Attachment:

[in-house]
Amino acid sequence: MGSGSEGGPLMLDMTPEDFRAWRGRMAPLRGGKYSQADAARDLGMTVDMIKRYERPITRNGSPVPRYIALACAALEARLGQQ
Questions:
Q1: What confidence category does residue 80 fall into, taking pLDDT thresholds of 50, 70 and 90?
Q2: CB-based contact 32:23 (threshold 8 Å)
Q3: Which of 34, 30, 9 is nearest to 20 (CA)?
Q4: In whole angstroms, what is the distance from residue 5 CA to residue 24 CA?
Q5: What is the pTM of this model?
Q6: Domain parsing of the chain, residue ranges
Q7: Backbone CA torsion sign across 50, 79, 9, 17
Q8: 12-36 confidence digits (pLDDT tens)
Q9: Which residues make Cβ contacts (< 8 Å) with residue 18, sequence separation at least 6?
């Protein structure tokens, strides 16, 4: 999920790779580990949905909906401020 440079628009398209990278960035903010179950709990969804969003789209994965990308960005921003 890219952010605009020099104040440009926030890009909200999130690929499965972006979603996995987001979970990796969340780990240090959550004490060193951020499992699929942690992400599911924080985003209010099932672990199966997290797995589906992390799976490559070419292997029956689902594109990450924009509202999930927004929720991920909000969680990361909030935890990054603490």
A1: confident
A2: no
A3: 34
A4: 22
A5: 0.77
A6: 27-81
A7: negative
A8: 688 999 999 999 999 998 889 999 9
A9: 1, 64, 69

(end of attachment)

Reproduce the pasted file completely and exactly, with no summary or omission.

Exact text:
[in-house]
Amino acid sequence: MGSGSEGGPLMLDMTPEDFRAWRGRMAPLRGGKYSQADAARDLGMTVDMIKRYERPITRNGSPVPRYIALACAALEARLGQQ
Questions:
Q1: What confidence category does residue 80 fall into, taking pLDDT thresholds of 50, 70 and 90?
Q2: CB-based contact 32:23 (threshold 8 Å)
Q3: Which of 34, 30, 9 is nearest to 20 (CA)?
Q4: In whole angstroms, what is the distance from residue 5 CA to residue 24 CA?
Q5: What is the pTM of this model?
Q6: Domain parsing of the chain, residue ranges
Q7: Backbone CA torsion sign across 50, 79, 9, 17
Q8: 12-36 confidence digits (pLDDT tens)
Q9: Which residues make Cβ contacts (< 8 Å) with residue 18, sequence separation at least 6?
């Protein structure tokens, strides 16, 4: 999920790779580990949905909906401020 440079628009398209990278960035903010179950709990969804969003789209994965990308960005921003 890219952010605009020099104040440009926030890009909200999130690929499965972006979603996995987001979970990796969340780990240090959550004490060193951020499992699929942690992400599911924080985003209010099932672990199966997290797995589906992390799976490559070419292997029956689902594109990450924009509202999930927004929720991920909000969680990361909030935890990054603490």
A1: confident
A2: no
A3: 34
A4: 22
A5: 0.77
A6: 27-81
A7: negative
A8: 688 999 999 999 999 998 889 999 9
A9: 1, 64, 69